Software Development and Co-Simulation
A key benefit of RTL simulation is enabling early software development before the hardware is ready. The processor RTL model can be used to boot an RTOS, run device drivers, exercise peripherals and develop application firmware.
Transaction level models (TLMs) model the behavior of external interfaces. These are co-simulated along with the RTL to provide an executable environment for the software stack. This allows hardware/software integration issues to be caught early.
The simulated environment helps profile software execution, memory usage, interrupt latency and task scheduling. It facilitates debugging and performance optimization of the firmware. Co-simulation provides a complete virtual prototype of the SoC for early software development.
Integrating Cortex-M RTL with DUT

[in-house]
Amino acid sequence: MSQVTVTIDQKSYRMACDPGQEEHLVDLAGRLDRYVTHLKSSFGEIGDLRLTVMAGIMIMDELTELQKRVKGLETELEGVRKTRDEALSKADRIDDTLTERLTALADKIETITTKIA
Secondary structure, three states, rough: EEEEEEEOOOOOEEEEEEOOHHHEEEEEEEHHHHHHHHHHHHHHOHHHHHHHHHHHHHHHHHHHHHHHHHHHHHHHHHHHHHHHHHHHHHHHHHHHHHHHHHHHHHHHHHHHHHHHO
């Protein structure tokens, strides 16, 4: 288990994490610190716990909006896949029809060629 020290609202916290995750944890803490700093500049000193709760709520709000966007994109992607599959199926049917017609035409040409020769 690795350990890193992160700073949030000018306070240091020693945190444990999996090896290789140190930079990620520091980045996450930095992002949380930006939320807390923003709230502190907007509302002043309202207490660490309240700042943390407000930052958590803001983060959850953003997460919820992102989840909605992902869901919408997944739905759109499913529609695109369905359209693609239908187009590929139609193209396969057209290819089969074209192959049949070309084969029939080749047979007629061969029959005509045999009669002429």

The DesignStart processor RTL will be integrated with the rest of the SoC logic and memories while developing the full IC. The ARM core acts as a master/bus initiator to interact with the custom slave peripherals and memory blocks in the system.
Transactor based testbenches are developed to model the behavior of the external slave interfaces. These are co-simulated along with the Cortex-M RTL to verify the complete SoC functionality. SoC integration may require adapting the ARM bus interfaces to proprietary internal protocol.
The RTL simulation verifies the integrated system behavior in terms of overall functionality, performance, bandwidth, throughput, utilization and other parameters. This robust architecture validation is crucial before manufacturing the SoC.
RTL simulation enables thorough verification of the design functionality and early software development, which are critical to ensure first-time success for ARM Cortex-M tapeouts. A robust methodology leveraging advanced verification techniques and tools is key to enable comprehensive pre-silicon validation and hardware/software co-development.
The virtual prototype created by RTL simulation provides valuable insights and confidence in the design before manufacturing the IC. This results in faster time-to-market, lower development cost and higher quality for ARM Cortex-M based SoCs.